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2/1/2014
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Microsoft Slashes Windows 8.1 Tablet Prices

Microsoft knocks $50 to $70 off Dell, Lenovo, and Toshiba Windows 8.1 tablets, putting them in range of iPad Mini.

10 Best Tablets Of 2013
10 Best Tablets Of 2013
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If holiday sales didn't persuade you to pick up a new Windows 8.1 tablet, Microsoft's new promotion might do the trick. The company recently discounted several new slates in its online and retail store, making the devices not only more affordable than the iPad Mini, but also competitive with popular Android tablets. But if you're interested, you'll have to act fast; some of the deals, which began in late January, expire Feb. 2.

Microsoft is offering the 32-GB Dell Venue 8 Pro for $229, down from $299; the 32-GB Lenovo Miix 2 for $249, discounted from $299; and the 32-GB Toshiba Encore, also reduced to $249 from $299. The 64-GB model of the Venue 8 Pro is also available for $50 off, at $299. The Venue 8 Pro is on sale until Feb. 2, and the other devices are on sale until Feb. 9.

The devices are fairly similar: All feature 8-inch, 1200-by-800-pixel screens, and all run on Intel's current-generation "Bay Trail" Atom processor, a substantial improvement from the sluggish "Clover Trail" chip in earlier Windows 8.1 mini-tablets. Unlike iPads, all of them also feature a mico-USB port. Each tablet comes pre-loaded with Microsoft Office Home & Student 2013 and 2 GB of RAM.

There are some differences. The Dell and Lenovo tablets feature 10-finger multi-touch displays, whereas the Toshiba supports only five fingers. The Encore boasts the highest-resolution camera, at 8 MP, although all three vendors offer both front and rear-facing units. The Lenovo claims the best battery life, at 10 hours, while Toshiba brings up the rear, at seven hours. For the most part, these distinctions boil down to individual preferences, so if you buy online, it's a good idea to give the tablets an in-store perusal first.

[The smartphone market is big and keeps growing. Read 1 Billion Smartphones Shipped In 2013.]

For those in the market for a slightly bigger device, Microsoft also has discounted the base model of Dell's Venue 11 Pro from $549 to $499. It has a 10.8-inch 1080p touchscreen, 2 GB of RAM, and 64 GB of storage. It runs on an Intel Atom processor, lasts up to 10 hours between charges, and comes with Microsoft Office preinstalled.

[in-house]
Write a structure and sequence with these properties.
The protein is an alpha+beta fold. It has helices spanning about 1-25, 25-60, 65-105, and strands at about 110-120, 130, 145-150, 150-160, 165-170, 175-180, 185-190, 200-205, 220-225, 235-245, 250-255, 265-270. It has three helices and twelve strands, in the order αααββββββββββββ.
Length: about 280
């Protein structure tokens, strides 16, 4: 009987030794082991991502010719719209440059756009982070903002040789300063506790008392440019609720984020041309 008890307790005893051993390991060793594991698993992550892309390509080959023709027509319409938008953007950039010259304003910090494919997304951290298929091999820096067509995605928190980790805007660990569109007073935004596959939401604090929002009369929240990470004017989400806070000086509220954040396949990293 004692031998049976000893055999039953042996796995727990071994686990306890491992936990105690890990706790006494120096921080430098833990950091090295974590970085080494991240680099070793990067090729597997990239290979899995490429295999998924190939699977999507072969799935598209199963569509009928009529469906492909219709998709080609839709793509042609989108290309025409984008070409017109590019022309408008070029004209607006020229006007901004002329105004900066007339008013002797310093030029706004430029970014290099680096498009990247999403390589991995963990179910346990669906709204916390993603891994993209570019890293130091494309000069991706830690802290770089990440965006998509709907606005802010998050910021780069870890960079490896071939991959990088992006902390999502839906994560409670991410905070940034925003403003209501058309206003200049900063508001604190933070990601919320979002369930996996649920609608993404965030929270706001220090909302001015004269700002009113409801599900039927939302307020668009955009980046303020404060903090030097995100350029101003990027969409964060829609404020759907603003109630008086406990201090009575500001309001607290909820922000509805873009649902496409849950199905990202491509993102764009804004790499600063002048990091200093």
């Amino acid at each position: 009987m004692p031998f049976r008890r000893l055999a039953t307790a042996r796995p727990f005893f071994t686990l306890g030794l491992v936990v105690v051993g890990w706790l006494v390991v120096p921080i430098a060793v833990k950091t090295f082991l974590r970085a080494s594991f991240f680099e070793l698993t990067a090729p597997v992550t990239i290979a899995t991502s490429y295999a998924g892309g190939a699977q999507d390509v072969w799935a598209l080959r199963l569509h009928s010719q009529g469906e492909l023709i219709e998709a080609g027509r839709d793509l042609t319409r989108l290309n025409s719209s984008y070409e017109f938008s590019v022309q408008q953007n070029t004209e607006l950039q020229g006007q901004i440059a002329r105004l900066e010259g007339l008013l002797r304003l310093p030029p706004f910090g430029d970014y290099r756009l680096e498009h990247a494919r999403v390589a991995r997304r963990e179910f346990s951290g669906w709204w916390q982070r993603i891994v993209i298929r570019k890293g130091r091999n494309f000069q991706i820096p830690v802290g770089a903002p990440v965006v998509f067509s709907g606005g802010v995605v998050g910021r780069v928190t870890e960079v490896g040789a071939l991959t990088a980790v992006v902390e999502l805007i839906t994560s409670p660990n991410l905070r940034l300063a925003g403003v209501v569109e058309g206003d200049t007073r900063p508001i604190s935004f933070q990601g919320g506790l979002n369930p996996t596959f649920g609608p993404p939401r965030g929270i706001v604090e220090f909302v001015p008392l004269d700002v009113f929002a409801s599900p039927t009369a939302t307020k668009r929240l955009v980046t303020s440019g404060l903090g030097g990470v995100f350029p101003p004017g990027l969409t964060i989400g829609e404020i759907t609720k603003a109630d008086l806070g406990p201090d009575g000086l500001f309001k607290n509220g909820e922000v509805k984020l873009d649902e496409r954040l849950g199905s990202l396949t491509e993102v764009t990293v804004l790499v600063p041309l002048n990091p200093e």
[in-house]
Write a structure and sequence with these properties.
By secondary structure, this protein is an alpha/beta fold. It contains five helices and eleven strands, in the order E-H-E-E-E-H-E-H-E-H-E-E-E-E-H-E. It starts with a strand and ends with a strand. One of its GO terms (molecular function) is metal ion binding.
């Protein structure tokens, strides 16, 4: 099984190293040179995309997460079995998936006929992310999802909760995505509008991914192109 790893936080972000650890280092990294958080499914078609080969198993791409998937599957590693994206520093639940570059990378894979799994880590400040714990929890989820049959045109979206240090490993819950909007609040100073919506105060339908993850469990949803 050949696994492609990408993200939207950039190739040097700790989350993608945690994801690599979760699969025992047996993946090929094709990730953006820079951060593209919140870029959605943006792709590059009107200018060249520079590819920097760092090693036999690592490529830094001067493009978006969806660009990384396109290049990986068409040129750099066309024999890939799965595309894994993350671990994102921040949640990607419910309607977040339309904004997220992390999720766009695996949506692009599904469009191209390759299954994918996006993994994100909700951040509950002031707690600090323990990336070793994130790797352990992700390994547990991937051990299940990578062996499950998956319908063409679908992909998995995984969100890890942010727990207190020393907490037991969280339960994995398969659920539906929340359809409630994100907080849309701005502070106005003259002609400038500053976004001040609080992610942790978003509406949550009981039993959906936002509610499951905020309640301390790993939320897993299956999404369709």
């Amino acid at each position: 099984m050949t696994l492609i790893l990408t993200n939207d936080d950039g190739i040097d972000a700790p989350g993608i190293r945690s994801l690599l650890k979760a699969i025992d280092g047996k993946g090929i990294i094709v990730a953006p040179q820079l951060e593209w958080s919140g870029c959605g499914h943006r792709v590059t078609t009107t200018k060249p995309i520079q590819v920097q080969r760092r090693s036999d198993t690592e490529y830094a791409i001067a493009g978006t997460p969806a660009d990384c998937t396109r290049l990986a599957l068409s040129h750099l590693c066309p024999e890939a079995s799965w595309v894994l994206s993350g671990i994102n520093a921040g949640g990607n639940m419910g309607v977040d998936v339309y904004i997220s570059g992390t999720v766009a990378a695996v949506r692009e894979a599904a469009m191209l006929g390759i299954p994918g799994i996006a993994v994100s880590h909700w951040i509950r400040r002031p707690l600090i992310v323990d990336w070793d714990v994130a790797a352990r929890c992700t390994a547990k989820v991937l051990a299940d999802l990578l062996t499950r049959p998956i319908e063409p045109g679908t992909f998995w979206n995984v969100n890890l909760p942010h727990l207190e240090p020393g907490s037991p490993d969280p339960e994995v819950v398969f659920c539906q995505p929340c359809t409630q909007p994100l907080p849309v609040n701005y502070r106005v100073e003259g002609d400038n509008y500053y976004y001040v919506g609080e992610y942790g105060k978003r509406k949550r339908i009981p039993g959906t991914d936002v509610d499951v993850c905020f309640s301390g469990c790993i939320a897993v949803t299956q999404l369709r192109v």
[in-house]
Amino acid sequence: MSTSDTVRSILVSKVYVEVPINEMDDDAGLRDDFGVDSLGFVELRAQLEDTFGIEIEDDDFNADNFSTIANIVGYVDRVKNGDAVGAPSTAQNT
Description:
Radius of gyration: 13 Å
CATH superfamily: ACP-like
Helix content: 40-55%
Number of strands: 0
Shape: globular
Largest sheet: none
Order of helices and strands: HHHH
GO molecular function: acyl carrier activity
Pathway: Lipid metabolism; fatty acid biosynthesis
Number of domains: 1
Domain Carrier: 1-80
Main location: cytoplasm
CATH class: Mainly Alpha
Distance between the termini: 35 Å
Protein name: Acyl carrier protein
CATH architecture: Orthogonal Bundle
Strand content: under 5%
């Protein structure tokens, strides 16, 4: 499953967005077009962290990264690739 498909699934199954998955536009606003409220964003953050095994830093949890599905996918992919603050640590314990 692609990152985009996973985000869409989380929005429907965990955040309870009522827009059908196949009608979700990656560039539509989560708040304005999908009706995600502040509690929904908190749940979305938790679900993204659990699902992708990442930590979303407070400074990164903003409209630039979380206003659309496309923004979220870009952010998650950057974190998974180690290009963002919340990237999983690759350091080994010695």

Microsoft's website notes that limited quantities of the Venue 8 Pro are available at the promotional price but doesn't mention the other models.

Early holiday sales data indicates Windows tablets gained market share in the most recent quarter but that much of the progress is owed to steeply discounted prices. The new promotion could continue this trend. At $229, for example, the Venue 8 Pro now costs the same as the base version of Google's Android-based Nexus 7. Google's tablet offers a higher-resolution screen, but the Venue 8 Pro boasts more storage. Dell's tablet, like all Windows 8 tablets, can also run desktop apps.

So far, the ability to run legacy software on 10-inch tablets (let alone smaller ones) appears to have motivated only a niche fraction of the tablet market. Progress has been slow even among Microsoft's core customers, such as businesses. Products such as the Surface Pro have been positioned as work tablets, but Apple CEO Tim Cook said this week that iPads constitute 90% of slates activated in the enterprise.

Lower prices could help Windows 8.1 tablets in the short term, but Microsoft and its OEM partners will face tough questions if sales from these low-margin devices don't stimulate Windows Store sales and encourage adoption of more profitable models, such as the Surface Pro 2. Changes Microsoft is reportedly considering for Windows 9, including an interface geared more toward desktop users, speak to these concerns.

Tablet sales like Microsoft's are good news for users who want mobile access to the full versions of programs such as Photoshop or PowerPoint. Fierce competition, however, continues for the pocketbooks of non-Windows tablet users as well, with Apple's base iPad Mini now costing $299; Dell's Android-based Venue 8 selling for $180; and a slew of low-cost Galaxy Tab models emanating from Samsung. Amazon's Kindle Fire now costs as little as $139.

Incidents of mobile malware are way up, researchers say, and 78% of respondents worry about lost or stolen devices. But though many teams are taking mobile security more seriously, 42% still skip scanning completely, and just 39% have MDM systems in place. Find out more in the State Of Mobile Security report (free registration required).

Michael Endler joined InformationWeek as an associate editor in 2012. He previously worked in talent representation in the entertainment industry, as a freelance copywriter and photojournalist, and as a teacher. Michael earned a BA in English from Stanford University in 2005 ... View Full Bio

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SachinEE
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SachinEE,
User Rank: Ninja
2/22/2014 | 6:30:00 AM
Re : Microsoft Slashes Windows 8.1 Tablet Prices